In 2005, speaking at a Special School in Gloucestershire, David Cameron, the then education spokesman for the Conservative party called for a halt to the number of special schools being closed. Since coming to power in 1997, the Labour government had overseen the closure of around 10 percent of all Special Schools by 2005. Every teacher knows that one of the biggest buzz words in education under New Labour was "inclusion". In relentless pursuit of this ideal, schools had more and more pressure put upon them to make provision for students with any type of special educational need. Clearly there is an ideal, a deeply held philosophical belief here. Students should not become social outcasts because they have been born with challenges such as physical or mental disabilities. It is hard to not agree. It is hard to think that anything other than full inclusion is right. But, in my opinion, what stemmed from an ideal, a dream, has turned in to something altogether different. Students who were happy, successful, social and ambitious have been thrown in to mainstream schools and been poorly provided for, bullied, marginalized and lost their self-esteem.

Let me pause for a moment and state that I do not mean that this is always the case. Far from it. But I do think that Special Schools have a place in our education system and that for many, many students the personalized support and care that these small educational establishments can offer them through a dedicated and highly trained and specialized staff far outweighs any disadvantage there might be to not being able to attend the same school as their neighbours. Indeed, I am sure that many Special Schools are more socially inclusive and inspiring than their mainstream siblings.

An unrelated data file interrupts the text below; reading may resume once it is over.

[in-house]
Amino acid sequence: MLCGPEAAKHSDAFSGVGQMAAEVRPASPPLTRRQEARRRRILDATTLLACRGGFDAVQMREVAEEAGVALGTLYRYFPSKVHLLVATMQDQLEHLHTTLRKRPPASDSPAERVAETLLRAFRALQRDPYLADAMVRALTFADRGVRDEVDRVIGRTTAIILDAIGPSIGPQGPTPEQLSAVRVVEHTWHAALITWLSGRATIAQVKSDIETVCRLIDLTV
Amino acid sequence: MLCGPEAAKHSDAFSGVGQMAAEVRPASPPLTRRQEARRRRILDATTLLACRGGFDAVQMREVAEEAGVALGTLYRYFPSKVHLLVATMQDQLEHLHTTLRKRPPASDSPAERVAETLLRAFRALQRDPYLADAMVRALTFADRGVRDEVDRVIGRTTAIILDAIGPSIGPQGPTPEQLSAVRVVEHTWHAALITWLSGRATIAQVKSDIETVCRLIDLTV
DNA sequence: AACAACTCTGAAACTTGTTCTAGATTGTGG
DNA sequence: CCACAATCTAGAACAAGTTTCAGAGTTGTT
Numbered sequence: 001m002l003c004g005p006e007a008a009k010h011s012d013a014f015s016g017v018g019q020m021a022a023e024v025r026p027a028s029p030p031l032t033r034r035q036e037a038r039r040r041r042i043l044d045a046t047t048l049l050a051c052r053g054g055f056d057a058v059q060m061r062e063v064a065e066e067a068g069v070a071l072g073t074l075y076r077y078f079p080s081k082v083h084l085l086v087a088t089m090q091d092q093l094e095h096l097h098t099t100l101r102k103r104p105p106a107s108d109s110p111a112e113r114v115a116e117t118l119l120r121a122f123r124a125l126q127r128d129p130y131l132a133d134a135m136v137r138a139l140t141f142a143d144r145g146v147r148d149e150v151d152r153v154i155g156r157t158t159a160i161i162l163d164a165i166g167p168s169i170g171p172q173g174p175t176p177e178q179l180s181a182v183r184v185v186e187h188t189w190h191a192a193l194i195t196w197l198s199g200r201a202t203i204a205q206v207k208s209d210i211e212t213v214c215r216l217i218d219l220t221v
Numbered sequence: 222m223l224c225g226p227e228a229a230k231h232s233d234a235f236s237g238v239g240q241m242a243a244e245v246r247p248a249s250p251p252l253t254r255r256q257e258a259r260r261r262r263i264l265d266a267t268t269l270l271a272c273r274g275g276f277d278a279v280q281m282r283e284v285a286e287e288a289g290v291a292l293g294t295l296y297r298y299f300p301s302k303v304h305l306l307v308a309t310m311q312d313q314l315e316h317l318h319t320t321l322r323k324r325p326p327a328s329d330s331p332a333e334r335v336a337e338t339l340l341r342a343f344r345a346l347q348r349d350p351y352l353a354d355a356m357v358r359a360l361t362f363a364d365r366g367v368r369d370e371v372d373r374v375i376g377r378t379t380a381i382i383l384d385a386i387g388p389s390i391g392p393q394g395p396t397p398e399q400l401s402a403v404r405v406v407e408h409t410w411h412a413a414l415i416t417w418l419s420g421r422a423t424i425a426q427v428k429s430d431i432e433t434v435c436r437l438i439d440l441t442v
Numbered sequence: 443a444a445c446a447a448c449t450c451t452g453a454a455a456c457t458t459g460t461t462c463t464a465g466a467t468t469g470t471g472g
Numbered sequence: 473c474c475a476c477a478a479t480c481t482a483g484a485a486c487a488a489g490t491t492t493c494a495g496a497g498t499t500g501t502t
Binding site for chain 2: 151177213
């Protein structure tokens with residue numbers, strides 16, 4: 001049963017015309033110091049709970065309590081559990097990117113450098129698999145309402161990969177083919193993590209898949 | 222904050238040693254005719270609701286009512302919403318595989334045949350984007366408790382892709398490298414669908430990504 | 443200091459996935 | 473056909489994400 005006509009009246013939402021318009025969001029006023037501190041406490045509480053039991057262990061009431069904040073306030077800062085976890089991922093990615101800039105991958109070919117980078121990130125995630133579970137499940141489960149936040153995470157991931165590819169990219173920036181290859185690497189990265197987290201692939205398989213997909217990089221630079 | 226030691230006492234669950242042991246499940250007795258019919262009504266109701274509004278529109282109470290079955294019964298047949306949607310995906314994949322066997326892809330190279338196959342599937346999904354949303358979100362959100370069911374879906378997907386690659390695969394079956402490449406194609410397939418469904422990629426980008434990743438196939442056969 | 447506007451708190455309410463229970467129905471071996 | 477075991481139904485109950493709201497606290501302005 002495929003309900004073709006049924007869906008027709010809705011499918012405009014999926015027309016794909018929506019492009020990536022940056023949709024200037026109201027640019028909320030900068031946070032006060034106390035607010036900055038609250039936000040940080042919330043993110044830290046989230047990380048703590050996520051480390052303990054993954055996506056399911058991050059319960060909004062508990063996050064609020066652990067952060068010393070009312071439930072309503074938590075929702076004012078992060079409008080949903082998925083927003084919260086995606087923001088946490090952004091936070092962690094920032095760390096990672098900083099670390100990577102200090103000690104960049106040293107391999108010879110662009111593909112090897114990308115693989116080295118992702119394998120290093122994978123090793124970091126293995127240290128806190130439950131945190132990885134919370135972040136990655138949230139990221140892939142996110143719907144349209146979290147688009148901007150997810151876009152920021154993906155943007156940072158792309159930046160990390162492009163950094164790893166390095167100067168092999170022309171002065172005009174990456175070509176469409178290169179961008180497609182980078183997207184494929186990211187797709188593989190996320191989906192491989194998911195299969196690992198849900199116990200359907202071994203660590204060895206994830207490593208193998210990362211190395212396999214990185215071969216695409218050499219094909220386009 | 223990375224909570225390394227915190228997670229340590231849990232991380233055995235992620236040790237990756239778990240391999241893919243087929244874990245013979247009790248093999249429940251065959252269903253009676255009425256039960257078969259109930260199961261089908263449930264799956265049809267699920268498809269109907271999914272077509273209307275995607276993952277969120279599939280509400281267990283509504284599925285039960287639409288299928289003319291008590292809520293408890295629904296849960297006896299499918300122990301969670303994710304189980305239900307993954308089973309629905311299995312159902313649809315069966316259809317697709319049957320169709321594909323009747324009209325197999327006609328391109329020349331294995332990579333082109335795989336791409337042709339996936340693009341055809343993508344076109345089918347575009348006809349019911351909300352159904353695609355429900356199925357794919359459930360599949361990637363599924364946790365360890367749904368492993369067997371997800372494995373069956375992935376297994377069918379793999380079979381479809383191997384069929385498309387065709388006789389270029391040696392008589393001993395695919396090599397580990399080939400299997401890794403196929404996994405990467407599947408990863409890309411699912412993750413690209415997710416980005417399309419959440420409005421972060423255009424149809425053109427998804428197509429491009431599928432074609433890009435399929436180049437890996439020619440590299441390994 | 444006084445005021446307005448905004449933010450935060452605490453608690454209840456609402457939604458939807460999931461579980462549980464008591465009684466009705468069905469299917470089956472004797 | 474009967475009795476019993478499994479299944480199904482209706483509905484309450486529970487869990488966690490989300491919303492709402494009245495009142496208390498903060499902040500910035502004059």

Of course there are those in government who can clearly see this too. Ruth Kelly, former Secretary of State for Education removed her dyslexic child from a state school and enrolled him in a £15,000 per year private school. And I don't blame her, a mother should do what ever she can to ensure that her child has the best possible opportunities in life, but what a pity that she couldn't fight for the same right of other parents who wanted to be able to send their children to a local Special School with dedicated provision whilst she was in charge of the school system. Instead, she oversaw the continued push for inclusion.

There is also an elephant in the room when talking about inclusion. One, it would seem, that most teachers and those involved in education feel unable to point out or discuss. At the moment, the drive for inclusion is so strong, so unshakeable, so unquestionable that it has led to the situation in classrooms across the country where teachers are afraid to put the needs of 30 students before the mantra of inclusion. Often through no fault of the individual student, teachers are providing a poorer quality of education to an entire class of students because they are not trained and do not have the resources to adequately orchestrate a lesson in which a single student with severe special needs is a member. So 30 students are losing out for the needs of the one. And I can almost swallow this, almost see the altruism shining through but for the fact that the said individual is also getting a poorer quality of education than they could receive in a Special School.

The spectrum of students that fall under the term Special Educational Needs is so wide, so diverse, that I am clearly not talking about all situations here. But it is time that we talked about that elephant in the room. Time that we re-looked at the inclusion agenda and asked everyone involved "who is gaining what?"